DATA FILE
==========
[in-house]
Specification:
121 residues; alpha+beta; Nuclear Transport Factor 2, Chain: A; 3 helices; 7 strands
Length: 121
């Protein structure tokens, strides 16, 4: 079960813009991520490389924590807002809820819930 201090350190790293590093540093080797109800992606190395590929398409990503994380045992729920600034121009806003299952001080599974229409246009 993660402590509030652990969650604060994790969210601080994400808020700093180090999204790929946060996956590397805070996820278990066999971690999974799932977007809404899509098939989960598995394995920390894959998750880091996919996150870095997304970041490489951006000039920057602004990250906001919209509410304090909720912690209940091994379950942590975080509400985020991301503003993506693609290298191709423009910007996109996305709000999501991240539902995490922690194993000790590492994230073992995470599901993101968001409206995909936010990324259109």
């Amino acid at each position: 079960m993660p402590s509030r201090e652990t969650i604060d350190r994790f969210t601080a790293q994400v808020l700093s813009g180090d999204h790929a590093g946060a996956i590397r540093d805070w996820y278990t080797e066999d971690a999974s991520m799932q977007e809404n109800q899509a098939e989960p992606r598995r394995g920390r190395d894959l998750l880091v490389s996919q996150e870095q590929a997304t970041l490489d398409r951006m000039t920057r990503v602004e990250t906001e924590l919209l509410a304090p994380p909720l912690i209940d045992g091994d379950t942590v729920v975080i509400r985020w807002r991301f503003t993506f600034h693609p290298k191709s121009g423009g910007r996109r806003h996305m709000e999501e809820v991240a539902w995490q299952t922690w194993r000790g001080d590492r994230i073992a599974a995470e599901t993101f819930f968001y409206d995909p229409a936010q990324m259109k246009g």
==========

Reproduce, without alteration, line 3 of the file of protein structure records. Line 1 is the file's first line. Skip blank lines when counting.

121 residues; alpha+beta; Nuclear Transport Factor 2, Chain: A; 3 helices; 7 strands